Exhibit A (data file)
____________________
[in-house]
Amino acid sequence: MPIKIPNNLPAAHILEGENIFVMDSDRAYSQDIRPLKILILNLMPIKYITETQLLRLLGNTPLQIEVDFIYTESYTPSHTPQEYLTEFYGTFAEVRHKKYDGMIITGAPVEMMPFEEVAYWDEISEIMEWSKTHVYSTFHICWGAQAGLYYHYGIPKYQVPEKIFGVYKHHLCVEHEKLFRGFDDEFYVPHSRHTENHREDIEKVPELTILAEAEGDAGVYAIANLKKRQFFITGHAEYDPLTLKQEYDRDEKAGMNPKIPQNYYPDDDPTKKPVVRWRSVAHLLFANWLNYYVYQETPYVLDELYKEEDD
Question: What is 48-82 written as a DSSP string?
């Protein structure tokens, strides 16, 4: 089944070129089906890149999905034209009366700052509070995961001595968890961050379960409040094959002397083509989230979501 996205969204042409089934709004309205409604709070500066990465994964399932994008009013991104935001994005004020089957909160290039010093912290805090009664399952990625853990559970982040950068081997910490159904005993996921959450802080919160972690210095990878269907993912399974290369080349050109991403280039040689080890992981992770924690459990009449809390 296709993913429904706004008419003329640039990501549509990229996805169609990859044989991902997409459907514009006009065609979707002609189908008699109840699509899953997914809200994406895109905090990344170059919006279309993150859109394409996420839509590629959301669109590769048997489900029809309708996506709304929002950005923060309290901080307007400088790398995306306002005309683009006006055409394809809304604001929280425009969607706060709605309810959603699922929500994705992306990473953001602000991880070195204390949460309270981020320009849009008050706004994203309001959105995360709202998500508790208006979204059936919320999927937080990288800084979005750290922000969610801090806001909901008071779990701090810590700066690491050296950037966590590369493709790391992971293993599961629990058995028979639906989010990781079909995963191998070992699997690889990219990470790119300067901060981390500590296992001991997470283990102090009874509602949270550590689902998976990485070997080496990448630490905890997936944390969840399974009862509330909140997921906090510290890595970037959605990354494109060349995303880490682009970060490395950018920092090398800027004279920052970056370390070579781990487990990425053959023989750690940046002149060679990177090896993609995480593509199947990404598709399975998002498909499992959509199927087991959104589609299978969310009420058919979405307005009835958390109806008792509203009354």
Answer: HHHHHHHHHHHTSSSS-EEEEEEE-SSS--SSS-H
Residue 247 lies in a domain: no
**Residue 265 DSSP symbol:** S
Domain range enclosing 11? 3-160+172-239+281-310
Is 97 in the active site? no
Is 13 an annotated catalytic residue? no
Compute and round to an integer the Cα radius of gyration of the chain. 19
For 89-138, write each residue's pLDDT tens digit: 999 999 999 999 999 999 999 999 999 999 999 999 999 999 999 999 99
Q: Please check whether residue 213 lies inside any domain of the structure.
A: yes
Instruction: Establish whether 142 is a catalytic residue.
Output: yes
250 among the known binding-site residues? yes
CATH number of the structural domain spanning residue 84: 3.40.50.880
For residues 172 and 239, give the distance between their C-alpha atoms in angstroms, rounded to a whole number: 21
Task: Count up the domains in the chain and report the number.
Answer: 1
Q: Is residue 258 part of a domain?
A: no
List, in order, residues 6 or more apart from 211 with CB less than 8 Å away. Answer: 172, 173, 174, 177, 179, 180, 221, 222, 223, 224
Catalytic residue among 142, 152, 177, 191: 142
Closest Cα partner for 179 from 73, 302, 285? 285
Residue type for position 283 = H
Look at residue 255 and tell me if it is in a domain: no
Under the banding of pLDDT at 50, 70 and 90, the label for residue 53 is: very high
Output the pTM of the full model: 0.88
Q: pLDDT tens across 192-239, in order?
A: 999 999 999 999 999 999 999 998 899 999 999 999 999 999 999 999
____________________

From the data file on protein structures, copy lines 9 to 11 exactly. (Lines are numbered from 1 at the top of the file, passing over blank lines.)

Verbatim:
Is 97 in the active site? no
Is 13 an annotated catalytic residue? no
Compute and round to an integer the Cα radius of gyration of the chain. 19